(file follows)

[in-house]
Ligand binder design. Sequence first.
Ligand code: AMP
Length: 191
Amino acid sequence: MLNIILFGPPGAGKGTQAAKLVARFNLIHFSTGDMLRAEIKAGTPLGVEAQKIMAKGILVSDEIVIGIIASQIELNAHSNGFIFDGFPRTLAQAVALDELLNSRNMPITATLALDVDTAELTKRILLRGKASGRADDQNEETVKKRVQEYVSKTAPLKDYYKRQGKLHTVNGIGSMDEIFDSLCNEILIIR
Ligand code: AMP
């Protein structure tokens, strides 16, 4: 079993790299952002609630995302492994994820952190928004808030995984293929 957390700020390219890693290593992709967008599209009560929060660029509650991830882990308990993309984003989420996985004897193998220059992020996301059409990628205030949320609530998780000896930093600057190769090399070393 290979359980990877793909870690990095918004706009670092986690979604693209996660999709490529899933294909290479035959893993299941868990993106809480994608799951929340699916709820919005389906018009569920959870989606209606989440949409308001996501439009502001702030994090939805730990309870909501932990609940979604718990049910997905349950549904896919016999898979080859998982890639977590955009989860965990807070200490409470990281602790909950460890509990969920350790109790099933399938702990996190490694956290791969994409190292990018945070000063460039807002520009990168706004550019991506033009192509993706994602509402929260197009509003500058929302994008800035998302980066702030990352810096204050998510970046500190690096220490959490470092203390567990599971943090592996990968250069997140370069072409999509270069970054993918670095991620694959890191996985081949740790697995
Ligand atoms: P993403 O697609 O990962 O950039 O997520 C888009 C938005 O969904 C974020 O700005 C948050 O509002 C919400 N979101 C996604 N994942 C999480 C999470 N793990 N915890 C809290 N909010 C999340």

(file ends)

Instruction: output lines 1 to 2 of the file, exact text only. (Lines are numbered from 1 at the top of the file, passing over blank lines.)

[in-house]
Ligand binder design. Sequence first.